When Charlotte was born I was prepared to breast feed because I was now an experienced mother (or so I thought). I now understood about my flat nipples and how to get them ready for nursing so latching the baby on would be easier. I didn’t have any issues with the fundamentals of breastfeeding this time around and nursing Charlotte was not as miserable as it was with Remie. I actually almost enjoyed nursing my baby. However, I still was not confident in myself enough to nurse in public. I remember desperately trying to pump enough milk for a bottle before leaving home in case Charlotte got hungry while we were out. It was not fun. Worrying about the milk staying cold, figuring out how to warm a bottle of breast milk in public and rushing home to pump when I missed a feeding was all part of refusing to nurse in public. It was stressful for me and I’m sure it was stressful for Charlotte.
My goal with Charlotte was to breastfeed longer than 6 months. I was slowly gaining more knowledge about the benefits of breastfeeding and I knew that the longer we continued the better it was for both Charlotte and I. Around 8 months old Charlotte started getting curious about the world around her and nursing became a challenge. She would want to look around while eating rather than staying latched on for the entire feeding. I was getting frustrated and because I met my breastfeeding goal, I decided to wean her at 8 months old.
6 months later I became pregnant with Isaac.
Isaac was a great at nursing from the beginning. I was starting to feel more comfortable with the idea that my body was designed for nourishing my babies and I would occasionally nurse in public with a cover. I enjoyed the bonding time that Isaac and I had during our nursing sessions and it was no longer a chore to feed him like it was when I fed the other children. I really didn’t have any breastfeeding goals with Isaac. I was open to nursing him as long as he’d let me.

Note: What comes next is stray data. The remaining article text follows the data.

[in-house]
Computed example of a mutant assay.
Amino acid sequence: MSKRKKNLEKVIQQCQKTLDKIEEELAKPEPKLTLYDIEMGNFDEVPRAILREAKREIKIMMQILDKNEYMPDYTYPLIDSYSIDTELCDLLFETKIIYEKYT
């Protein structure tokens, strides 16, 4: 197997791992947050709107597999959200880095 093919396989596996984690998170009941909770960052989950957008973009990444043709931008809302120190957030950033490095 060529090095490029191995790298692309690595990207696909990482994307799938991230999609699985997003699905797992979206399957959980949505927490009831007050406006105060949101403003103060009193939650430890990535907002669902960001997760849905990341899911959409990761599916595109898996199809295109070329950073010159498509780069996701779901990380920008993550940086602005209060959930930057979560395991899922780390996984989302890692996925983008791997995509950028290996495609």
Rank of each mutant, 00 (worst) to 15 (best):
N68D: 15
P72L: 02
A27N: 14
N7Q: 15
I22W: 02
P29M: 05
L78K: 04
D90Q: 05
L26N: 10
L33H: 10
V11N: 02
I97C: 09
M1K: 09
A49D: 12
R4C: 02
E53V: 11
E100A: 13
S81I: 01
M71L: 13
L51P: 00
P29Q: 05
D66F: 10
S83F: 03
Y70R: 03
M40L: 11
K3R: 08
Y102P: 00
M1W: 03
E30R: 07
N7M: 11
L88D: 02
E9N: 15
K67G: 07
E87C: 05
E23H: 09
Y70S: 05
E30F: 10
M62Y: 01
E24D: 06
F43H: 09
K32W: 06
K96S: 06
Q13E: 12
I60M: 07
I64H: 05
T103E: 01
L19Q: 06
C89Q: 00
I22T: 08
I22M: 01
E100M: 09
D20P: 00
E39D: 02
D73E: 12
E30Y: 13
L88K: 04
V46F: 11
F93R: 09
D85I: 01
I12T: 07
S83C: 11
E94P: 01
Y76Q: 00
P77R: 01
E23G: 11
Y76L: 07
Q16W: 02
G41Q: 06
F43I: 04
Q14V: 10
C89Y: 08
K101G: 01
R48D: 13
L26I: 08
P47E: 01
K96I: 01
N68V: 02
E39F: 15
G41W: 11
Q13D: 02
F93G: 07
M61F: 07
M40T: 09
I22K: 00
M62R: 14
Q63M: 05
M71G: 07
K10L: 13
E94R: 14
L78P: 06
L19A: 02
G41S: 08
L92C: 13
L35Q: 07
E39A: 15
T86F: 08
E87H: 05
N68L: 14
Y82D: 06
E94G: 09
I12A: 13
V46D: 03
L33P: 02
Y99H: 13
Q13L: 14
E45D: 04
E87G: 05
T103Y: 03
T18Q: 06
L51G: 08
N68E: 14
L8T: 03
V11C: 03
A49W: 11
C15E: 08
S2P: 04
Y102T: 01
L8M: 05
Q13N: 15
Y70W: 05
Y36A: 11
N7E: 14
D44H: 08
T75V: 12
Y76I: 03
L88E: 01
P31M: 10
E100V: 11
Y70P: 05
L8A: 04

When Isaac was 8 months old he started getting curious like Charlotte did at that age. Nursing him became a chore and I felt like I was constantly begging him to eat. I was also feeling pressure from friends and family by them asking when I was going to start weaning and didn’t I think Isaac was getting too old for breastfeeding. My husband kept encouraging me to keep trying to nurse Isaac but I was beginning to feel defeated and finally I decided to wean him. I remember being sad that I was done breastfeeding another child.
9 months later I became pregnant with Grace
I’m not sure what changed in me in the short time between nursing Isaac and becoming pregnant with Grace. Maybe I matured a little and realized that life isn’t all about me and being a mommy sometimes means sacrificing my comfort level in order to take care of my baby. I’ve learned that babies not only thrive from the breast milk they receive from their mommy but they also need their mommy’s smell, closeness and bonding time that only comes from breastfeeding. I made a decision and was determined that this time would be different. I made a promise to myself and Grace that I was going try my best by stepping outside my comfort zone to always put my baby’s needs first.
From the moment she was born our nursing relationship has been nothing less than wonderful. Grace and I have such a close bond that sadly I didn’t have with my other children. Grace very rarely gets a bottle because our nursing sessions are our special time together and I wouldn’t miss that for the world. The only time I pump is when I am stock piling milk to donate to a baby in need. Nursing in public was a little bit scary at first but now I don’t even think twice about feeding my darling baby whenever she needs it.
Grace is currently only 3 months old but I am determined to work through the dreaded 8 month nursing strike and nurse her until she is at least a year old.
Hopefully by sharing my journey, other moms can be encouraged and understand that they are not alone in their struggles. Breast feeding is hard but with a little determination and support you can have the most wonderful nursing relationship with your little bundle.